Friedmann: I'll strengthen legal system

Israel Prize laureate sworn in as justice minister after Knesset approves appointment.

By DAN IZENBERG, SHEERA CLAIRE FRENKEL
February 6, 2007 16:14
3 minute read.
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Newly-installed Justice Minister Daniel Friedmann spent Wednesday trying to quell the storm of controversy surrounding his appointment, but critics continued to insist he was a poor choice for the job because of his allegedly unbridled attacks on the Supreme Court and its president, Judge Dorit Beinisch. "I will continue to cooperate fully with all officials in the judicial system, to strengthen the power of the law, to improve what needs improvement and to maintain the honor of the courts," Friedmann told MKs minutes after they overwhelmingly approved his candidacy.

  • Analysis: The politicians fight back
  • A justice minister with a passion for criticism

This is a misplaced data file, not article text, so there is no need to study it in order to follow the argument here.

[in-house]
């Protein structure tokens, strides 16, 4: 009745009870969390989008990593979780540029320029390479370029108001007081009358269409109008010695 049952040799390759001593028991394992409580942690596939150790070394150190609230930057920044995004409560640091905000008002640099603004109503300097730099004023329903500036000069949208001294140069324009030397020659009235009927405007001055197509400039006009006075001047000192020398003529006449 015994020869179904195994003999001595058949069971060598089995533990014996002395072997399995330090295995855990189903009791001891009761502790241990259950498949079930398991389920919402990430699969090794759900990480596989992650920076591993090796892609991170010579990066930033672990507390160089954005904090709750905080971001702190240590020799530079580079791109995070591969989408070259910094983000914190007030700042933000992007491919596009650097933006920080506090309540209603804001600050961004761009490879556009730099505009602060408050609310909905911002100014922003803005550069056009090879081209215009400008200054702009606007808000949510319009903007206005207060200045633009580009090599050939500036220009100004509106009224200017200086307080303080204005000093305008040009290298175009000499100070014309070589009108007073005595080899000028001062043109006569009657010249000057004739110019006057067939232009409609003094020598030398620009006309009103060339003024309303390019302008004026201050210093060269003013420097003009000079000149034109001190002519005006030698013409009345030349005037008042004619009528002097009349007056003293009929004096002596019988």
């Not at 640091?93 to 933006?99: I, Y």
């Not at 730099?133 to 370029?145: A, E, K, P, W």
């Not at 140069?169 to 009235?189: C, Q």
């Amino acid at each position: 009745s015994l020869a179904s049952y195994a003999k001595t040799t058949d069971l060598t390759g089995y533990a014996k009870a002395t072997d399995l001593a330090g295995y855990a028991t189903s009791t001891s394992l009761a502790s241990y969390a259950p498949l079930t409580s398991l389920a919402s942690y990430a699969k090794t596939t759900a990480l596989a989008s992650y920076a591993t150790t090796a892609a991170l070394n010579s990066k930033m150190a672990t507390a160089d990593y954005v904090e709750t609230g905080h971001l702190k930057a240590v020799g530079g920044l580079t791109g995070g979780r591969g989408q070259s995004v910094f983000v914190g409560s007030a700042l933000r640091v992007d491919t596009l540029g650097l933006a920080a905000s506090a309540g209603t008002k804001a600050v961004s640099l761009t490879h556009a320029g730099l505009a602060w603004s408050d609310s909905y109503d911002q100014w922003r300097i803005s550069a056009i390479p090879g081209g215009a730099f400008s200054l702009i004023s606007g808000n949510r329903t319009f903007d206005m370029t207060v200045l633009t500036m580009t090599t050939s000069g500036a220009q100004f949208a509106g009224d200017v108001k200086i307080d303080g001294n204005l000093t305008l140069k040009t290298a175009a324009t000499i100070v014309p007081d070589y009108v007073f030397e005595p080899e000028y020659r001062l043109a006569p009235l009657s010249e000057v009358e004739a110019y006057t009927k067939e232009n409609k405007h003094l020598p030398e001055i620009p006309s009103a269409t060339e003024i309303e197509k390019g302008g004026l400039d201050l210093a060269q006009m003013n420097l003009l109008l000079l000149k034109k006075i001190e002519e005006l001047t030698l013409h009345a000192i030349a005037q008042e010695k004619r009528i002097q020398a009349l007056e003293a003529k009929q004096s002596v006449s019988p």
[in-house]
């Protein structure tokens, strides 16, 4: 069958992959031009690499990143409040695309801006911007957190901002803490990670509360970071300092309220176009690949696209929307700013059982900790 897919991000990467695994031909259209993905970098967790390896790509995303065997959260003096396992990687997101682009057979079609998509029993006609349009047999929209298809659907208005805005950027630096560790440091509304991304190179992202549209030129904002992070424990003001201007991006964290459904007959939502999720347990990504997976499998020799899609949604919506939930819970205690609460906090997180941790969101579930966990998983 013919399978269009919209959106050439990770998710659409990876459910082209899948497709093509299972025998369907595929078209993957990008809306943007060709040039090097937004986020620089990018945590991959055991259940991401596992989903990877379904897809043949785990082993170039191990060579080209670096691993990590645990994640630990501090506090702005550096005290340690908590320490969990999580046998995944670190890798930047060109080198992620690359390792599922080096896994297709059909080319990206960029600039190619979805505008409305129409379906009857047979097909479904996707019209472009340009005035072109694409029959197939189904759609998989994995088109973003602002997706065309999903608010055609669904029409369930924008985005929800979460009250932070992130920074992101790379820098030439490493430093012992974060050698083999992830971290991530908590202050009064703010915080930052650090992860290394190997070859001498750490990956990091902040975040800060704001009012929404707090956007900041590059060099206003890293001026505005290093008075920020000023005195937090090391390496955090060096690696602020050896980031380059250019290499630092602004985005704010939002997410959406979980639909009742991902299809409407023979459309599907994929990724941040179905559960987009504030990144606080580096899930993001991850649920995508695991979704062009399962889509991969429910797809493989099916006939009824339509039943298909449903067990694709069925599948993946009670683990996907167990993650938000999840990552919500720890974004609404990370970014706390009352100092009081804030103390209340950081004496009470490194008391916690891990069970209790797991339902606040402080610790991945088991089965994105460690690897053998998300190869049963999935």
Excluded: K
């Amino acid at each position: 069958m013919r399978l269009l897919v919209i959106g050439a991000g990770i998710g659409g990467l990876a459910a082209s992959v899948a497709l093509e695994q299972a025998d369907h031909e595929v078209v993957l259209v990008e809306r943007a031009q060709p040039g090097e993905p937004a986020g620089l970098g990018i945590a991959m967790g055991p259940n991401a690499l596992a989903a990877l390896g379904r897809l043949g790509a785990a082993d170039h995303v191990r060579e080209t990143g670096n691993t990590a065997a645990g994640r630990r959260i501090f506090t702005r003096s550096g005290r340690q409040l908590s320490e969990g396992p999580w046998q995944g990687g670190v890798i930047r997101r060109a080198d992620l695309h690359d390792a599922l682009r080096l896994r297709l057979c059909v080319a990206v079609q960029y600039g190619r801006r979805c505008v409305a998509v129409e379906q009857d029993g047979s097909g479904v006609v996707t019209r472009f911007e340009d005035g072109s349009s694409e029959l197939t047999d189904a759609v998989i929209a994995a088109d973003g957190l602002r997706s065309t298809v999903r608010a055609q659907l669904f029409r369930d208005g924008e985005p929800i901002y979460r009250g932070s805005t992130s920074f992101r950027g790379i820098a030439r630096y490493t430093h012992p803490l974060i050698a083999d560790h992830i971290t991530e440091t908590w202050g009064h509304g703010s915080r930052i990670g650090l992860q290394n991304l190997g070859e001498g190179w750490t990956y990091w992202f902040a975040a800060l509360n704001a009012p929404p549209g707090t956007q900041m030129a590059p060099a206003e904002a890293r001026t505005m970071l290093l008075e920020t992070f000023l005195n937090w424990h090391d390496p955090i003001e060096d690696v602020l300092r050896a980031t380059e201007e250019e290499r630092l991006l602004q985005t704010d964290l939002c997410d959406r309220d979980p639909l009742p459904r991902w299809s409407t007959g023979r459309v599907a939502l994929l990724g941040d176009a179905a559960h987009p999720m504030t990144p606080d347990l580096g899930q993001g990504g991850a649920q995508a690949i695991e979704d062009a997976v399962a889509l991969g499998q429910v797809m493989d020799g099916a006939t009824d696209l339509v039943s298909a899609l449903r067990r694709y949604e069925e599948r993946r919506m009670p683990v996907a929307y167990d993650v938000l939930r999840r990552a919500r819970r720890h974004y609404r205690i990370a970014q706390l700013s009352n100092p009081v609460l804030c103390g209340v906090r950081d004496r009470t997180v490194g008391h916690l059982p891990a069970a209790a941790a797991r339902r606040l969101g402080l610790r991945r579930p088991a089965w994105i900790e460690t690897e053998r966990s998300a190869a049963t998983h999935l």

• Rabbinic judge appointments await Friedmann The Knesset approved Friedmann's appointment by a vote of 50 to 24, with one abstention. Friedmann thanked the MKs for their confidence. "I hope to justify the faith that has been placed in me," he said. "I am grateful for the support I have received in the Knesset from those who voted in my favor and also from those who voted against me, but congratulated me nonetheless." Before the vote, Prime Minister Ehud Olmert said, "Friedmann's service will ensure the preservation and protection of the rights of the citizens of Israel - and first and foremost, protection of the honor of the Supreme Court." In an interview with Israel Radio, former Deputy Supreme Court President Mishael Cheshin went so far as to say he did not believe Olmert. "The prime minister declared that [Friedmann's] appointment was meant to bring quiet to the legal system. It was meant to calm it down, to protect its honor...This declaration sounds strange to me, to say the least. If the prime minister really meant what he said, how could he have chosen Danny Friedmann?" Friedmann has been writing articles in Yediot Aharonot for years that have been highly critical of the Supreme Court, the system of appointing justices and the appointment of Dorit Beinisch to head the court. "Danny Friedmann is an excellent jurist, there is no disputing that fact," said Cheshin. "He is one of the best. But Danny Friedmann also has something that others don't have...Since Professor Nili Cohen was [passed over] for the Supreme Court, he has unremittingly attacked the court and Beinisch." Friedmann employs harsh attacks that often amount to contempt of court, Cheshin continued. "This is how Olmert thinks he can calm the legal system. Those who want to believe him may do so and those who do not want to believe him may also do so." Cheshin added that he had read that Friedmann might appoint former head of the Courts Authority Boaz Okun as his director-general. Okun fought for Cohen's appointment to the court, earning the enmity of Beinisch. Lapid said it was crucial for the justice minister and the Supreme Court president to work together harmoniously to deflect attacks against the judicial system, in addition to cooperating on the court's budget, selecting judges and Supreme Court justices, and drafting legislation "The problem with Friedmann's appointment is that he is in sharp disagreement with Beinisch on a personal level and [professionally]," Lapid told the Post. "I am afraid the harmony...in the Justice Ministry will be violated because of these problematic relations." In the Knesset, MKs spoke out for and against Friedmann's appointment. "Friedmann is not joining the government because he is a great jurist," said MK Yossi Beilin (Meretz). "He was appointed because in the last few years, he has expressed opinions about the courts similar to the prime minister's...This isn't a minister who has some criticism about the system, this is someone who has no faith in it." While the Shas Party voted in favor of Friedmann's appointment, they issued a statement criticizing Friedmann's articles as attacking religion, Israel's Jewish identity, and the rabbinical courts.

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